The tradition of Ahiqar, the wise scribe and counsellor at the court of the Assyrian kings Sennaherib and Esarhaddon, is known from many versions, older and more recent ones, which together embrace a narrative tradition of more than 2500 years. The story and the proverbs are attested in Aramaic, Syriac, Arabic (Arabian Nights), Armenian, Turkish, Georgian, Rumanian, Old Church Slavonic, Serbian and Russian translations, which differ in structure, in length, and in many details (in addition, there are fragments of translations in demotic and Ethiopian). References to the Ahiqar tradition are also made in many early sources, the most important of which is probably the deuterocanonical Book of Tobit. This work, which is principally known from Aramaic and Hebrew fragments from Qumran, and from the Greek and Latin versions, shows intimate familiarity with the story of Ahiqar. In this contribution, the literary tradition of the story and the proverbs of the Ahiqar tradition is told, with the main focus on the earliest known version, the Aramaic version from the 5th century BCE. This version of the story and the proverbs was unearthed at the island of Elephantine (Upper Egypt), which at the time counted an Aramaic speaking group of Judeans among its population. Our journey ends with a version of the story told by the last native speaker of a now extinct dialect of Neo-Aramaic.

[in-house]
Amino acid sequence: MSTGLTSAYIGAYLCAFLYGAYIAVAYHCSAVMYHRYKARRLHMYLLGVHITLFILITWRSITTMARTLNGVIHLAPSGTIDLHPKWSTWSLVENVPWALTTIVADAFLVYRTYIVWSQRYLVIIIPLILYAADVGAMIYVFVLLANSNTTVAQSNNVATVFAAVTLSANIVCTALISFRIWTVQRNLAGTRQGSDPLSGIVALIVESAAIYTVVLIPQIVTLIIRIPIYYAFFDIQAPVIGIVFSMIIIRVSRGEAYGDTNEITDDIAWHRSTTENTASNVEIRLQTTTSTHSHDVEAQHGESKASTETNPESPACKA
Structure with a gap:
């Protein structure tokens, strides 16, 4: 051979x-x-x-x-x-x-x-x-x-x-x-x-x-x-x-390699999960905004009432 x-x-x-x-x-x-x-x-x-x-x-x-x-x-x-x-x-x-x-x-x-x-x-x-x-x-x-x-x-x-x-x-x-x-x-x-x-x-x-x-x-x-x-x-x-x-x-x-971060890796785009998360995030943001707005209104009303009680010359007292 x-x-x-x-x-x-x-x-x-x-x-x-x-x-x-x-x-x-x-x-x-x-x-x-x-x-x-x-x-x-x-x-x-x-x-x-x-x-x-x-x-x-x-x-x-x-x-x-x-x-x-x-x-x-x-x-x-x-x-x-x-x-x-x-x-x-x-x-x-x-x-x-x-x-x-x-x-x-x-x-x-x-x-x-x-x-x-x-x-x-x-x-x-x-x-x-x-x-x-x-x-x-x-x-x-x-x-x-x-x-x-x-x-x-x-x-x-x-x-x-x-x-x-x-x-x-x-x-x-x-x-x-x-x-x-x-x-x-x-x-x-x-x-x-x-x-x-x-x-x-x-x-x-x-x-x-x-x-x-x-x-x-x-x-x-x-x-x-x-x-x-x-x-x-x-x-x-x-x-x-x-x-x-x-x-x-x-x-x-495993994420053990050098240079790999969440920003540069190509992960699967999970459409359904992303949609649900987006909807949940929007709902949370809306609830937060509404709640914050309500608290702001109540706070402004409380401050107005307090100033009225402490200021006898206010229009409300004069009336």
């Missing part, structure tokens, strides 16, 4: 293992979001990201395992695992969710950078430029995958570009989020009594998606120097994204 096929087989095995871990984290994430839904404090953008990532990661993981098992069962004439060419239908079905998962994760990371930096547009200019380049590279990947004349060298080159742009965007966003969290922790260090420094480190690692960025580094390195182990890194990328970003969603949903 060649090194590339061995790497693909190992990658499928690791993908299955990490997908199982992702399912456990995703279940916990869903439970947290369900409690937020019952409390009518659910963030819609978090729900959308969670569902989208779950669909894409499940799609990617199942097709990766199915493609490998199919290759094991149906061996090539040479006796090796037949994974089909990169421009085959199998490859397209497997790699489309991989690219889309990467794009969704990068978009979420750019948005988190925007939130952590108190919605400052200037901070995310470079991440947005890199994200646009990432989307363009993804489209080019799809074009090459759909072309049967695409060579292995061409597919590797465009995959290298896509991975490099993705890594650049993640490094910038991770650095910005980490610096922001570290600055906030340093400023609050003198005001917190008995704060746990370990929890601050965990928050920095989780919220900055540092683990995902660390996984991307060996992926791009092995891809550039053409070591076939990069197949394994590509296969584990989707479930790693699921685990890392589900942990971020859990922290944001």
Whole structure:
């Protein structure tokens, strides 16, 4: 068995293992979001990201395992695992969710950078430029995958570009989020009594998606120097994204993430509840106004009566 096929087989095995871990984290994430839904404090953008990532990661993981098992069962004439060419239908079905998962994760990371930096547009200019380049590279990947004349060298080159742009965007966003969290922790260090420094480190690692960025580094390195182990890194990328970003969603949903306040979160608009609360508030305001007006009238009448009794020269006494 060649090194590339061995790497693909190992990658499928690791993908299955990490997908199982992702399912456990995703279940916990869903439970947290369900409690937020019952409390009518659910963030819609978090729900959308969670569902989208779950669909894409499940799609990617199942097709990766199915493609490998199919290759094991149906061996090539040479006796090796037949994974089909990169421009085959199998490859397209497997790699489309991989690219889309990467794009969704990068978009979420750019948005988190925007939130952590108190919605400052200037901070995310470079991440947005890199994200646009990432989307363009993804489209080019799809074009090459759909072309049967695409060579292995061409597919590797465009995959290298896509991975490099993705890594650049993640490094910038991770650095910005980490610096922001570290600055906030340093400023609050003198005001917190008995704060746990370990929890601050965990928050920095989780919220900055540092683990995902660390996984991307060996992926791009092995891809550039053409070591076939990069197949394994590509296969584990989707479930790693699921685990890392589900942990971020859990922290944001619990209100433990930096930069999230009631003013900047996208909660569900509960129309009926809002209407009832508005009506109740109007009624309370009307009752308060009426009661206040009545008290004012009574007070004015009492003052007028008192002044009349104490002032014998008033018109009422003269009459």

|Translated title of the contribution||The Ahiqar Tradition.|
|Number of pages||10|
|Journal||Amsterdamse Cahiers voor Exegese van de Bijbel en Zijn Tradities|
|Publication status||Published - 2017|
- Ahiqar - Aramaic - Bible - Tobit - Wisdom